Vaccination is the best way to prevent influenza (3). Although influenza vaccinations begin in October, vaccination in December and beyond is still beneficial; influenza activity usually does not peak in the United States until December--March (3). The degree of antigenic match between the current vaccine strains and strains that will circulate this season will be determined as more strains become available for analysis.
Influenza surveillance reports for the United States are posted online weekly during October--May and are available at http://www.cdc.gov/flu/weekly/fluactivity.htm. Additional information about influenza viruses, influenza surveillance, and the influenza vaccine is available at http://www.cdc.gov/flu.
Sporadic cases of avian influenza A (H5N1) in humans continue to be reported in Asia; in November, for the first time during the current outbreak (December 26, 2003 through December 9, 2005), China reported laboratory-confirmed cases (4). The majority of cases appear to have been acquired from direct contact with infected poultry. No evidence of sustained human-to-human transmission of H5N1 has been detected, although rare cases of human-to-human transmission likely have occurred (5).
Recently, influenza A (H5N1) was reported for the first time in avian species in Europe (6), although the likely Asian origin of the outbreaks has been confirmed by virus sequencing analysis and virus isolation (7). This westward spread of disease might be attributed to transport of virus by wild migratory birds from Asia (8); further research is needed to better understand the role of migratory birds in the current H5N1 epizootic.
CDC continues to recommend enhanced surveillance for suspected H5N1 cases among travelers with unexplained severe respiratory illness returning from H5N1-affected countries (1) as a defense against further spread of the disease from H5N1-affected countries. Additional information regarding avian influenza is available at http://www.cdc.gov/flu/avian/index.htm.
The findings in this report are based, in part, on data contributed by participating state and territorial health departments and state public health laboratories, WHO collaborating laboratories, National Respiratory and Enteric Virus Surveillance System collaborating laboratories, the U.S. Influenza Sentinel Provider Surveillance System, the New Vaccine Surveillance Network, the Emerging Infections Program, and the 122 Cities Mortality Reporting System.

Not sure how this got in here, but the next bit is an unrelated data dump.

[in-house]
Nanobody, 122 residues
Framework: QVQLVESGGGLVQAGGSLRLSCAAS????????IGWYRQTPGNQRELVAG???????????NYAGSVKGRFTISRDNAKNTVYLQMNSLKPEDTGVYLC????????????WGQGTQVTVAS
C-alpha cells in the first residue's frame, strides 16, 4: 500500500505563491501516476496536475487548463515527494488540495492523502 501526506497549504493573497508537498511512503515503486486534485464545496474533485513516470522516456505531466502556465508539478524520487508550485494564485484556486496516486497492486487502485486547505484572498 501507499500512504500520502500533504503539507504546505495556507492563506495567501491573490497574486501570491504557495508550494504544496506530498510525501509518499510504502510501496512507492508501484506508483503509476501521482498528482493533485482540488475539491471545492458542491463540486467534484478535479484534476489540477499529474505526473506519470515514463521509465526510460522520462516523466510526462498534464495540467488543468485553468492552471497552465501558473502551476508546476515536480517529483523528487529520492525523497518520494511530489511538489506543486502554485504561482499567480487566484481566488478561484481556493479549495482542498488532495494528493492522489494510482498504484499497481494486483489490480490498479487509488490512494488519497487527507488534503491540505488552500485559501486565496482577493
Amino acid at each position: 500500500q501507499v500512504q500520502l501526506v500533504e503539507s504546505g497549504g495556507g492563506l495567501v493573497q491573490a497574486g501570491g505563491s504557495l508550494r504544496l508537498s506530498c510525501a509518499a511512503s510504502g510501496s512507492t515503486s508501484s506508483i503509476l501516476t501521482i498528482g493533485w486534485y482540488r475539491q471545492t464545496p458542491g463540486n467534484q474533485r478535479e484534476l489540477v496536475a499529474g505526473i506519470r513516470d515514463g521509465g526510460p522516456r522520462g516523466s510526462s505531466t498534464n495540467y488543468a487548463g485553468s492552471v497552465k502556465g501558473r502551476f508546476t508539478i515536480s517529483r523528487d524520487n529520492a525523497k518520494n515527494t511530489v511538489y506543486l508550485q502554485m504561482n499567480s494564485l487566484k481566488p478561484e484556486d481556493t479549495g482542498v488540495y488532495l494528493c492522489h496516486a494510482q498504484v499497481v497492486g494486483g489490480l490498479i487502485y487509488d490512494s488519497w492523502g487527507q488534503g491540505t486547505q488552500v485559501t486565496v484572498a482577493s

* The CDC Influenza Surveillance System has seven components: 1) World Health Organization and National Respiratory and Enteric Virus Surveillance System collaborating laboratories, 2) U.S. Influenza Sentinel Providers Surveillance Network, 3) 122 Cities Mortality Reporting System, 4) state and territorial epidemiologist reports, 5) influenza-associated pediatric mortality reports, 6) Emerging Infections Program, and 7) New Vaccine Surveillance Network.
As of December 9, 2005; reporting is incomplete.
§ The expected seasonal baseline proportion of P&I deaths reported by the 122 Cities Mortality Reporting System is projected using a robust regression procedure in which a periodic regression model is applied to the observed percentage of deaths from P&I that occurred during the preceding 5 years. The epidemic threshold is 1.645 standard deviations above the seasonal baseline.
¶ Temperature of >100.0°F (>37.8°C) and cough and/or sore throat in the absence of a known cause other than influenza.
** The national baseline was calculated as the mean percentage of visits for ILI during noninfluenza weeks for the preceding three seasons, plus two standard deviations. Noninfluenza weeks are those in which <10% of laboratory specimens are positive for influenza. Wide variability in regional data precludes calculating region-specific baselines; therefore, applying the national baseline to regional data is inappropriate.
Levels of activity are 1) no activity, 2) sporadic: small numbers of laboratory-confirmed influenza cases or a single influenza outbreak reported but no increase in cases of ILI, 3) local: outbreaks of influenza or increases in ILI cases and recent laboratory-confirmed influenza in a single region of a state, 4) regional: outbreaks of influenza or increases in ILI cases and recent laboratory-confirmed influenza in at least two but less than half the regions of a state, and 5) widespread: outbreaks of influenza or increases in ILI cases and recent laboratory-confirmed influenza in at least half the regions of a state.
§§ The EIP Influenza Project conducts surveillance in 60 counties associated with 12 metropolitan areas: San Francisco, California; Denver, Colorado; New Haven, Connecticut; Atlanta, Georgia; Baltimore, Maryland; Minneapolis/St. Paul, Minnesota; Albuquerque, New Mexico; Las Cruces, New Mexico; Albany, New York; Rochester, New York; Portland, Oregon; and Nashville, Tennessee. NVSN conducts surveillance in Monroe County, New York; Hamilton County, Ohio; and Davidson County, Tennessee.
¶¶ NVSN provides population-based estimates of laboratory-confirmed influenza hospitalization rates in children aged <5 years admitted to NVSN hospitals with fever or respiratory symptoms. Children are prospectively enrolled, and respiratory samples are collected and tested by viral culture and reverse transcription-polymerase chain reaction (RT-PCR). EIP conducts surveillance for laboratory-confirmed influenza-related hospitalizations in persons aged <18 years. Hospital laboratory and admission databases and infection-control logs are reviewed to identify children with positive influenza test results from testing (i.e., culture, direct or indirect fluorescent antibody assays, PCR, or a rapid test) conducted as part of their routine care.
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Date last reviewed: 12/15/2005